• Thanks, Jane, you make some excellent points. And now you have me curious. What do you mean when you say you “write by visualization?” I tried to write a novel last winter, and I failed miserably. Maybe I need to know more about your technique. Is there a book or website that talks about it, or is it a writing method you developed yourself?

  6. Jonni, I can’t wait for your dog book to come out. I love the ones you painted, especially the mutt! (I agree with Eileen!)

    I’ve been buried in the yard, but have been seriously working on a rhino piggy bank and another chicken. Thanks for the rhino pattern. I wanted to make it a baby rhino, but the horns got big. I thought I was almost finished and then decided to cover it with the air-dry clay. I haven’t made that in a while and had a lot of fun with it. Today, I began adding folds on the skin, like the armor. I just got carried away! Next time I do a piggy bank, I want to try the plaster wrap. It literally took me half a day to remove the insides of the rhino.

    Thanks, Rex

    Also, I wanted to mention one thing I tried on Big Bird when I finished her. I sprayed her with a gloss spray. I then covered her with a number of coats of Golden matt varnish. (The instructions said the varnish worked better if first covered with a gloss vanish, I believe.) I didn’t want her shiny, and I liked the finished product. She doesn’t shine and the matt varnish went on well.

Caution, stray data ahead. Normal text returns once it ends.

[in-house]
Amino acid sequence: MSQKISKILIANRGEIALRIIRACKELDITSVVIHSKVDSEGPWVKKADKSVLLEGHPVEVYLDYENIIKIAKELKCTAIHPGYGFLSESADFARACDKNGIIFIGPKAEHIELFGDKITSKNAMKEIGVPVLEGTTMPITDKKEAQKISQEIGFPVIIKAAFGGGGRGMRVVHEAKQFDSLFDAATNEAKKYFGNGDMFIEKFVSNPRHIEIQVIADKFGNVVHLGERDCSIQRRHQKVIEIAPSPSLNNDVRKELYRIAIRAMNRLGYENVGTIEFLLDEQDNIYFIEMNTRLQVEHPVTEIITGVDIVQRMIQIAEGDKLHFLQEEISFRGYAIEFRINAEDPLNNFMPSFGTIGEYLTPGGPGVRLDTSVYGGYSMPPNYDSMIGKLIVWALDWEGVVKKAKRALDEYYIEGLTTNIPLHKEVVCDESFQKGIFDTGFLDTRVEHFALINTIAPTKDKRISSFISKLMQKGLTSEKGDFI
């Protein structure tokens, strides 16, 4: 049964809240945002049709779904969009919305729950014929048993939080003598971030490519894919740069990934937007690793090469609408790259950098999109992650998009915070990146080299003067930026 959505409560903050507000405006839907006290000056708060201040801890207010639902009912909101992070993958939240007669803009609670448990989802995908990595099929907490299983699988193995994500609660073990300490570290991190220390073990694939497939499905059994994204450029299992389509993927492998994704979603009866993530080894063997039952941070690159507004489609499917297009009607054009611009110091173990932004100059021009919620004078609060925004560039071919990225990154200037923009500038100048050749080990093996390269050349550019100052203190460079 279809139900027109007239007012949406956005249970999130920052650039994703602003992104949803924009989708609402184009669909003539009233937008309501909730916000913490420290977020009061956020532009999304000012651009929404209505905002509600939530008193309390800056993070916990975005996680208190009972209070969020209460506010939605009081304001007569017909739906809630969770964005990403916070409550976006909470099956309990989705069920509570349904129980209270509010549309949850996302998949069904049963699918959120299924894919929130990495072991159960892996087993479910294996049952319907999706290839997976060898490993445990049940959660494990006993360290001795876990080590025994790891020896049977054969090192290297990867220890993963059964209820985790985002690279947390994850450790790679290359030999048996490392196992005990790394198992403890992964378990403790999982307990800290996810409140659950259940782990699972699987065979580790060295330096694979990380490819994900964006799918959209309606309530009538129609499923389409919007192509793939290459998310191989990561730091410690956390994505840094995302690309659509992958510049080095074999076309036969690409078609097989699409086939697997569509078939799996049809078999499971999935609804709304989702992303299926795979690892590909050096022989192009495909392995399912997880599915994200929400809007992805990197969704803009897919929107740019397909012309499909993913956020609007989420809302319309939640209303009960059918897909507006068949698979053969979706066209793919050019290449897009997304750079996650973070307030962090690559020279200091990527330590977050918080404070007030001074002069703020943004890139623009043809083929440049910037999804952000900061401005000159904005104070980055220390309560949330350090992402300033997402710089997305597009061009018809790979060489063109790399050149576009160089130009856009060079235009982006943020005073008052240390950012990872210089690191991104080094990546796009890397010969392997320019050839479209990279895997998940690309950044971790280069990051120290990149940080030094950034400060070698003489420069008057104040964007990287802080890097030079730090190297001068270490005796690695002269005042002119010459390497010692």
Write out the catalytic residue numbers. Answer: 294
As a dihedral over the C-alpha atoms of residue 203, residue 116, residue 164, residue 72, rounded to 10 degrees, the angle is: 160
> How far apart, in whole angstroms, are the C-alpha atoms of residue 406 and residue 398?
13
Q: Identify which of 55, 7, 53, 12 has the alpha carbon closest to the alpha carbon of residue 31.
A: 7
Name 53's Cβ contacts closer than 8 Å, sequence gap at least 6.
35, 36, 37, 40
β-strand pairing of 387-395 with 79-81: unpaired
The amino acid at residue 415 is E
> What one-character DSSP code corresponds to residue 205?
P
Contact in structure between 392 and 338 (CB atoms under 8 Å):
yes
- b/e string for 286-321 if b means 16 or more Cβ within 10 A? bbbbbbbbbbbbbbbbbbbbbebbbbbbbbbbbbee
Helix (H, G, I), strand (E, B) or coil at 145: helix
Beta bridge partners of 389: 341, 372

• Rex, I can’t wait to see that rhino! And thanks for the info on the varnish. That’s something worth remembering, for sure.

  7. All the dogs are so cute. I like the size it is less intimidating for us beginners something we can try, make mistakes but still have a sculpture. But the more advanced can still have fun with more details. What happened to the Chihuahua? I am partial to that one because I have a similar type dog. Was he a little bit larger or was that my imagination? How about “Making 25 Paper Mâché Dogs in Miniature”. Anyway thanks for the tutorial and no matter what the title it will surely be a hit!

    • Thanks Pam. And yes, the Chihuahua is a little bigger – I had to fit the patterns in the book into a specific size, so they would print well, and the Chihuahua pattern wasn’t in a book, so I could make him any size I wanted. I have been fighting with myself about whether or not I should include him, but I think I will – the pattern has to shrink, of course, but still – it doesn’t seem fair to leave him out.

  8. I just love the tiny sculptures of dogs. Especially the Jack Russell. I have two Jack Russells and you have absolutely captured their character!
    I love everything you do!!!!
    I am always so excited to see emails from you and save all of them in a special file ‘Joni’ file on my computer.
    Thank you for your works and inspiration…

    • Hi Annie. That’s so awesome – I get my own file! 🙂 And thanks for your kind comments about the terrier – I really wanted to make him look like he was having fun.